Sweden’s Riksbank extends Ingves’ term

Sweden's Riksbank has announced that governor Stefan Ingves will be given a further six year term as chairman of its executive board.

Sweden's Riksbank extends Ingves' term

“We are pleased and honoured that Stefan Ingves has agreed to stand for re-election for a further term of office. This ensures good continuity in the work of the Riksbank,” said Johan Gernandt and Sven-Erik Österberg, chairman and vice chairman respectively of the bank’s General Council, in a statement on Tuesday.

The bank cited Ingves’ record since being appointed governor in 2006 as reason for his re-appointment.

”Stefan Ingves has done invaluable work as governor of the Riksbank since 2006. He is highly competent and able and has a valuable international network of contacts,” the statement read.

Although Ingves’ term does not finish until the end of the year, the Riksbank was keen to make an early announcement.

Deputy governors Svante Öberg and Lars Nyberg have previously informed the General Council that they intend to leave the Riksbank when their terms are up at the end of the year.

“The process of appointing two new Executive Board members has begun and an announcement will be made during the autumn,” Gernandt and Österberg advised.

Aside from his role as governor of the Riksbank, Ingves is also a member of the ECB General Council and a member of the board of directors of the Bank for International Settlements (BIS).

Prior to his current role he has been employed at the International Monetary Fund and has served as director-general of the Swedish Bank Support Authority.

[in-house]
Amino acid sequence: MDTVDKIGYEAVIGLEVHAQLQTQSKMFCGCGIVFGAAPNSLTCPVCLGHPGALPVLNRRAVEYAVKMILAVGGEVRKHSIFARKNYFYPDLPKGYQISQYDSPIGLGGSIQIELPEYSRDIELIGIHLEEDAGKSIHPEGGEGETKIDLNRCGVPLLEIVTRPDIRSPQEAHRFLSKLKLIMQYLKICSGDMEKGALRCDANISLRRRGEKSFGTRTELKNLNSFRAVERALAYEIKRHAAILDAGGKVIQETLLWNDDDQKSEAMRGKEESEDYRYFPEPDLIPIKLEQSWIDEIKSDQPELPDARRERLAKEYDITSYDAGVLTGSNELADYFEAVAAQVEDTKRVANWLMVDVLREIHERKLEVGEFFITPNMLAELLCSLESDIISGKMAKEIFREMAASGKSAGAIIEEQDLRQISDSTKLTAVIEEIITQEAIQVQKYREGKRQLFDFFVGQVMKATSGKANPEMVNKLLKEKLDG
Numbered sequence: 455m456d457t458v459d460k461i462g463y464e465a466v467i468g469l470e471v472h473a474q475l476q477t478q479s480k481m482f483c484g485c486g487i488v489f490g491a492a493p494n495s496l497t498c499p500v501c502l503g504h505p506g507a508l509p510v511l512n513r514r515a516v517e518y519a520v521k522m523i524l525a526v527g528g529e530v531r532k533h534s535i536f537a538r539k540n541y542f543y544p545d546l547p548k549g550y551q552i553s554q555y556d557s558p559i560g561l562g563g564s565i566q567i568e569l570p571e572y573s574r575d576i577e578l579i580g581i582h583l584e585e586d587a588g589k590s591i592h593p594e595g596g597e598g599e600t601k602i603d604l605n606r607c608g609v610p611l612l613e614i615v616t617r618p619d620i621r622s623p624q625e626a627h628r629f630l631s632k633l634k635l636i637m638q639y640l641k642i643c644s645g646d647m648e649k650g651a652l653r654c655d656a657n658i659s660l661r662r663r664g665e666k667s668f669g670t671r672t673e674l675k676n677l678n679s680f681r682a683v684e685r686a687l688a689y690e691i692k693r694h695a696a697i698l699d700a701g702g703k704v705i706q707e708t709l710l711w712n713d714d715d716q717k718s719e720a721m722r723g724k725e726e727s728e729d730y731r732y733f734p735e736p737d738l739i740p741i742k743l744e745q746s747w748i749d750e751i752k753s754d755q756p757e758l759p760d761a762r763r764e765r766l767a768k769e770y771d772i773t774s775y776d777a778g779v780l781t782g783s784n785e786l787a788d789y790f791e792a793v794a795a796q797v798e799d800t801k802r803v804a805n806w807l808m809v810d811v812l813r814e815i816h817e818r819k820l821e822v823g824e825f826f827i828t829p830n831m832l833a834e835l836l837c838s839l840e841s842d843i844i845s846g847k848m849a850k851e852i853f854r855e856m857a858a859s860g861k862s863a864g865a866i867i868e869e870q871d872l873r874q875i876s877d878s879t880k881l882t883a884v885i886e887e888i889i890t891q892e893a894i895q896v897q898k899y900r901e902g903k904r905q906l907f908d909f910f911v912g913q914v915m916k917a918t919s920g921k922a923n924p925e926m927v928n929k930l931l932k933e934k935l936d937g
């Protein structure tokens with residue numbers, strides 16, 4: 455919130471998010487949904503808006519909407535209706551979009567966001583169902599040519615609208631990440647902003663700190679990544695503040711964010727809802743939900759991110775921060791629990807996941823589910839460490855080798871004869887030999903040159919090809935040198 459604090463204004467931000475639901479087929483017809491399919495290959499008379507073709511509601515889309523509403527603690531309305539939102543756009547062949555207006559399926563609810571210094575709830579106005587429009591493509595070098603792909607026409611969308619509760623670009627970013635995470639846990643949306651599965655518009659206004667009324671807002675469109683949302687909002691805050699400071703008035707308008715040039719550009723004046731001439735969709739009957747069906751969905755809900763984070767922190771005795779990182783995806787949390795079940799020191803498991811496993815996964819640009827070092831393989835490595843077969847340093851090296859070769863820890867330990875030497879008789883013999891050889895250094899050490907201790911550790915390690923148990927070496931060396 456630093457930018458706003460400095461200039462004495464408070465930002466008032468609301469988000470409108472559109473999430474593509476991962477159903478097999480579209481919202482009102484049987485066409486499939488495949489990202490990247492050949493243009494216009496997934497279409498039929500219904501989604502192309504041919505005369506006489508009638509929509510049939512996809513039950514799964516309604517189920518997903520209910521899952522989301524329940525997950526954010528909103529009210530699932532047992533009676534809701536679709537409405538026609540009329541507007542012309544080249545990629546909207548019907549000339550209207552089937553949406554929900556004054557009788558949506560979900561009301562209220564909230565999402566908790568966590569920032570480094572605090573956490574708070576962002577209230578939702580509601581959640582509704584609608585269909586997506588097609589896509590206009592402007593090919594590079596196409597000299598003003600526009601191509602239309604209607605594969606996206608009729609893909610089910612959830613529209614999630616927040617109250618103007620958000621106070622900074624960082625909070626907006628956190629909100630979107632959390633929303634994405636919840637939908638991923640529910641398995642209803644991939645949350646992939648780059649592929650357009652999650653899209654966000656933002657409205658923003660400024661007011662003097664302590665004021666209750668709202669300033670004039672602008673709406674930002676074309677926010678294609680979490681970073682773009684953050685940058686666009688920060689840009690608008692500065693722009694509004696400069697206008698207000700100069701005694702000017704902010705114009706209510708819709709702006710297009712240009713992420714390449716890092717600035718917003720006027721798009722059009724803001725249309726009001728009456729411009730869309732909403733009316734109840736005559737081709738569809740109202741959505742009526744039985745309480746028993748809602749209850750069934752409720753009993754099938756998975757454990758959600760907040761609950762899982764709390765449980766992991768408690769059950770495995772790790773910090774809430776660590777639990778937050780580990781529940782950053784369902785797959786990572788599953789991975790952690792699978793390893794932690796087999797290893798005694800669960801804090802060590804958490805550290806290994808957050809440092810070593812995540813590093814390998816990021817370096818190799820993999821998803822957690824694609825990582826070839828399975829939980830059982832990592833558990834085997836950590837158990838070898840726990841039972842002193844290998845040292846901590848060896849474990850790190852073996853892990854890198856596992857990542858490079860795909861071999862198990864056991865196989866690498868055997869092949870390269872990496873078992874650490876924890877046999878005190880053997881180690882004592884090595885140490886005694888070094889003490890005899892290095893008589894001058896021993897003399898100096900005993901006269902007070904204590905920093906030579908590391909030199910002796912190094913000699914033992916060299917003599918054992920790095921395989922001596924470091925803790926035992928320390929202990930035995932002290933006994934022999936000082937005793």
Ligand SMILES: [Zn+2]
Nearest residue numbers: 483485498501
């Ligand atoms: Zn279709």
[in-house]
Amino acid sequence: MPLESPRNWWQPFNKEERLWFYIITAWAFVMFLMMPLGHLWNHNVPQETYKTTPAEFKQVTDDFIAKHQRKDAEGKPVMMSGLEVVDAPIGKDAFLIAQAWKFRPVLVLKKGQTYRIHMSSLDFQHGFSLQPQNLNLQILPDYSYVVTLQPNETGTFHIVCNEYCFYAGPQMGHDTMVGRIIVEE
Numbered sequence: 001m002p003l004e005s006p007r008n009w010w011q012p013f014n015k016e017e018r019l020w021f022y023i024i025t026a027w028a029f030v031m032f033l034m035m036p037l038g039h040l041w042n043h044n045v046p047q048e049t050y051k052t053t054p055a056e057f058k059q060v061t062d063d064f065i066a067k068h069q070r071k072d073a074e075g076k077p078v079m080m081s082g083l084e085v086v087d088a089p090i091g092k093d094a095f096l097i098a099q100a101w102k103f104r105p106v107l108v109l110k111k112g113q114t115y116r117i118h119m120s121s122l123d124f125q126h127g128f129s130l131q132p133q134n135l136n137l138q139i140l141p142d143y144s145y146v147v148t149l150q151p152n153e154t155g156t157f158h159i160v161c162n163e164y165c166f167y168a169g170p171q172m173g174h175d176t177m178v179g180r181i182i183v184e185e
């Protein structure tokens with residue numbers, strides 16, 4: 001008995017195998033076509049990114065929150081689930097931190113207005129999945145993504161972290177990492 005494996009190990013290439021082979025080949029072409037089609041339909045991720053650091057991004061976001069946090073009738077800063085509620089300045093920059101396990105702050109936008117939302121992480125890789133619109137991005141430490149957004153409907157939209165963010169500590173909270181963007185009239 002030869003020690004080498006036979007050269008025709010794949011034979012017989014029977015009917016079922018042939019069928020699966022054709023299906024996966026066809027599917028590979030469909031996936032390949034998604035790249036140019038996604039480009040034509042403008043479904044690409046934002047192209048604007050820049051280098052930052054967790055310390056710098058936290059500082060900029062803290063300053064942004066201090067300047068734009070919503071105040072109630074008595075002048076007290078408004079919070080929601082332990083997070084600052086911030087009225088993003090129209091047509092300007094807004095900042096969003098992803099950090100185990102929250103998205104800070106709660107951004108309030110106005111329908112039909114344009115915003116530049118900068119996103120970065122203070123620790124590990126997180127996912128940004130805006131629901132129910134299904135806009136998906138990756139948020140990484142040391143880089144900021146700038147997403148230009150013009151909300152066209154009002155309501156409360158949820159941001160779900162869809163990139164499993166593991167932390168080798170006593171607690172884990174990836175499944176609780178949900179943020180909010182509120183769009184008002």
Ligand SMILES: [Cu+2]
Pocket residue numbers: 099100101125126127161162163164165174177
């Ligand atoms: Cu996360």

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Sweden’s Riksbank raises rates above zero for first time since 2014

Sweden's central bank has increased its key interest rate to 0.25 percent, marking the first time the rate has been above zero for nearly eight years.

Sweden's Riksbank raises rates above zero for first time since 2014

In a press release announcing the move, the bank said that it needed to take action to bring down the current high rate of inflation, which it predicts will average 5.5 percent in 2022, before sinking to 3.3 percent in 2023.

“Inflation has risen to the highest level since the 1990s and is going to stay high for a while. To prevent high inflation taking hold in price and wage developments, the directors have decided to raise interest rates from zero to 0.25 percent,” it said. 

The Riksbank, which is tasked by the government to keep inflation at around two percent, has been caught off-guard by the speed and duration of price rises.

Just a few months ago, in February, it said it expected inflation to be temporary, predicting there was no need to increase rates until 2024.

The last time the key inflation rate was above zero was in the autumn of 2014. 

In the press release, the bank warned that the rate would continue to increase further in the coming years. 

“The prognosis is that the interest rate will be increased in two to three further steps this year, and that it will reach a little under two percent at the end of the three-year prognosis period,” it said. 

According to the bank’s new future scenarios, its key interest rate will reach about 1.18 percent in a year, and 1.57 percent within two years. 

In a further tightening of Sweden’s monetary policy, the bank has also decided to reduce its bond purchases. 

“With this monetary policy we expect inflation rates to decline next year and from 2024 to be close to two percent,” the bank wrote. 

Annika Winsth, the chief economist of Nordea, one of Sweden’s largest banks, said the rate hike was “sensible”. 

“When you look at how inflation is right now and that the Riksbank needs to cool down the economy, it’s good that they’re taking action – the earlier the better. The risk if you wait is that you need to righten even more.” 

She said people in Sweden should be prepared for rates to rise even further. 

“You shouldn’t rule it out in the coming year. Then you’ll have a once percentage point increase which will go straight into fluctuating mortgage rates.”